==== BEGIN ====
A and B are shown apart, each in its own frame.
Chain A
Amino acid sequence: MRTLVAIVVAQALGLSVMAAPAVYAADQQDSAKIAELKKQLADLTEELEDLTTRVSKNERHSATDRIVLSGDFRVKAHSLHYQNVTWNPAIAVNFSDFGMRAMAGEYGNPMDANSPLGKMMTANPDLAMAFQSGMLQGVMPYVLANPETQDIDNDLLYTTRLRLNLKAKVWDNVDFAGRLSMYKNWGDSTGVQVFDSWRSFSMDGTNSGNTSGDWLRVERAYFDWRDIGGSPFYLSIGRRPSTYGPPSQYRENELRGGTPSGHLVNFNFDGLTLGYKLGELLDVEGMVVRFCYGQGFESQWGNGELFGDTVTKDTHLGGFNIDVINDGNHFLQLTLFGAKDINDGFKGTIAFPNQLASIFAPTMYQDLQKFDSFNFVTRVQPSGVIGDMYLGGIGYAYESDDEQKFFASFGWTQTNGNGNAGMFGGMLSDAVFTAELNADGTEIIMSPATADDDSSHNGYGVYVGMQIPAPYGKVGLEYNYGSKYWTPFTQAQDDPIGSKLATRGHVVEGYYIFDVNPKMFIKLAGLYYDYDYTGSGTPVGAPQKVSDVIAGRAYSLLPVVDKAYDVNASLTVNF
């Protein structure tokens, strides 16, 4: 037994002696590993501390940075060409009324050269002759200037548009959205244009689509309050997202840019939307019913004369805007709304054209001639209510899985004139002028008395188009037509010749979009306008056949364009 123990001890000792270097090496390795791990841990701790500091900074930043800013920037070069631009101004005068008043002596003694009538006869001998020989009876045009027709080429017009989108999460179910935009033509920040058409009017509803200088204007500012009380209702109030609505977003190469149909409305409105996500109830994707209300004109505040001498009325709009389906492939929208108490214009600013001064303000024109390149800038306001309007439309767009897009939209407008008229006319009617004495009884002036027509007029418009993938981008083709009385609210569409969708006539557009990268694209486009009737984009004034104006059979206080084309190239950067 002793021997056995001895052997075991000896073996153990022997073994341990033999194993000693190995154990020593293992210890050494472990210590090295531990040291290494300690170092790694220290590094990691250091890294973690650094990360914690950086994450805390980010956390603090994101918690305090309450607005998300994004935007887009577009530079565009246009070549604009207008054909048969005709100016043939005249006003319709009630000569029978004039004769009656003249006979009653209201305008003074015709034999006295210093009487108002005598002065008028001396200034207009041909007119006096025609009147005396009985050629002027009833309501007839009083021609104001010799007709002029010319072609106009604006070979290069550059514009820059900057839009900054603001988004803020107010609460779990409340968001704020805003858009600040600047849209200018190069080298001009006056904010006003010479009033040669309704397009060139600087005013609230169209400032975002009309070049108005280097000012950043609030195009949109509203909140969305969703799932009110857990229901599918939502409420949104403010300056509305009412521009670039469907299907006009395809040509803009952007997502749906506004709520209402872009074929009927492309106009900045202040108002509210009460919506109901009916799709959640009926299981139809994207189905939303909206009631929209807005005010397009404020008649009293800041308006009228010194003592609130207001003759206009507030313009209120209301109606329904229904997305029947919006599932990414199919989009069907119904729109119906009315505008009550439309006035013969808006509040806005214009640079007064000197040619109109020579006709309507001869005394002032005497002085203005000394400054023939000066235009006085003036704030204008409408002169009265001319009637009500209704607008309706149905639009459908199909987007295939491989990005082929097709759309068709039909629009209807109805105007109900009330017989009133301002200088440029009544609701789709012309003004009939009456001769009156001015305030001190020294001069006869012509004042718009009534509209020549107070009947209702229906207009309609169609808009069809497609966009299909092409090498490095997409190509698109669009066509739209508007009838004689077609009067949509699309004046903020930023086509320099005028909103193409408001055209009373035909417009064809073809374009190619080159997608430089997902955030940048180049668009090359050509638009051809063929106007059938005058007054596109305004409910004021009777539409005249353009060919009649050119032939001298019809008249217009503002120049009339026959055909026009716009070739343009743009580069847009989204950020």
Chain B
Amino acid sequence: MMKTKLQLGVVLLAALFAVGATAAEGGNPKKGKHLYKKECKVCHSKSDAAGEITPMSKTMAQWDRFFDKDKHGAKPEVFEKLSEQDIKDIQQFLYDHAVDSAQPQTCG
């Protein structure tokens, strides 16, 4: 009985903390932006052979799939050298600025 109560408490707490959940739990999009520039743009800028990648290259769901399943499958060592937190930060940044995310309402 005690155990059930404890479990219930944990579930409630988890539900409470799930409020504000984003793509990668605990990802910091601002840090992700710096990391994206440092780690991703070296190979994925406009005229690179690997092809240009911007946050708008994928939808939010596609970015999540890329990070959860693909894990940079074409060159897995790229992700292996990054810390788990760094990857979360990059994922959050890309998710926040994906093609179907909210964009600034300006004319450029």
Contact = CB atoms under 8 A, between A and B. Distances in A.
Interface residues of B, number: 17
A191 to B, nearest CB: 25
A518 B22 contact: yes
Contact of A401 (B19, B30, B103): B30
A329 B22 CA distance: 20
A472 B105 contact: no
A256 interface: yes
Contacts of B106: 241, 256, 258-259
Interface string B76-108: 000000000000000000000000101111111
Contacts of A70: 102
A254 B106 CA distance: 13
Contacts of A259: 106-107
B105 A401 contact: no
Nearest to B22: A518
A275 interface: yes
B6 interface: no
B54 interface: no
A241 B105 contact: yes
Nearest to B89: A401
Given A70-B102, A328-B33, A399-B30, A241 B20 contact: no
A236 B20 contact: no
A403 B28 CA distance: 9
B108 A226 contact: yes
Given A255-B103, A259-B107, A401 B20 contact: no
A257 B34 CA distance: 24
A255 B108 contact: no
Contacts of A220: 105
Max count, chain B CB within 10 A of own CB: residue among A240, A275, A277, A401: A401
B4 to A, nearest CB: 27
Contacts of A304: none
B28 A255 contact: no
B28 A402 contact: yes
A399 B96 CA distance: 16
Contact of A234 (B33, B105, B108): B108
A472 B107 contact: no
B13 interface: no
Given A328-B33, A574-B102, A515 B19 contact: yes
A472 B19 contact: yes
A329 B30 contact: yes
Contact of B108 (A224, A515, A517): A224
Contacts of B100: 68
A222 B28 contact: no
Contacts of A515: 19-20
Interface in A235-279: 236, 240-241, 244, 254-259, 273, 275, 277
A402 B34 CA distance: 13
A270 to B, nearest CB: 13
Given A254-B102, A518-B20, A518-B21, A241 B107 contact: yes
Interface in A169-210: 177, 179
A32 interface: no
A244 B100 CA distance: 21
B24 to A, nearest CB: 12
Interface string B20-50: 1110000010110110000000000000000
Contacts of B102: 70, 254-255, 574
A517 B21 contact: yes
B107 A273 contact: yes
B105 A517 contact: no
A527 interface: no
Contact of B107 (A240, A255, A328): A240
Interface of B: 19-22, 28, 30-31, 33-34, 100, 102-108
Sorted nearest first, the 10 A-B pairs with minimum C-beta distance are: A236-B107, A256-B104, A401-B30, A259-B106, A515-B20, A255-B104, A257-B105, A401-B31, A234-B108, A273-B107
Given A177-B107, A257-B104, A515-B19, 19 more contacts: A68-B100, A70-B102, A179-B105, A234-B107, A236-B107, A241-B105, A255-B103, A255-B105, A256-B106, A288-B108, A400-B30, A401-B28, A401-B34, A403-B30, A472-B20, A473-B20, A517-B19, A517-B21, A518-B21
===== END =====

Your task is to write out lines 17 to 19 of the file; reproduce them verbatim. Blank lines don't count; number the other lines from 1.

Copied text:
Interface string B76-108: 000000000000000000000000101111111
Contacts of A70: 102
A254 B106 CA distance: 13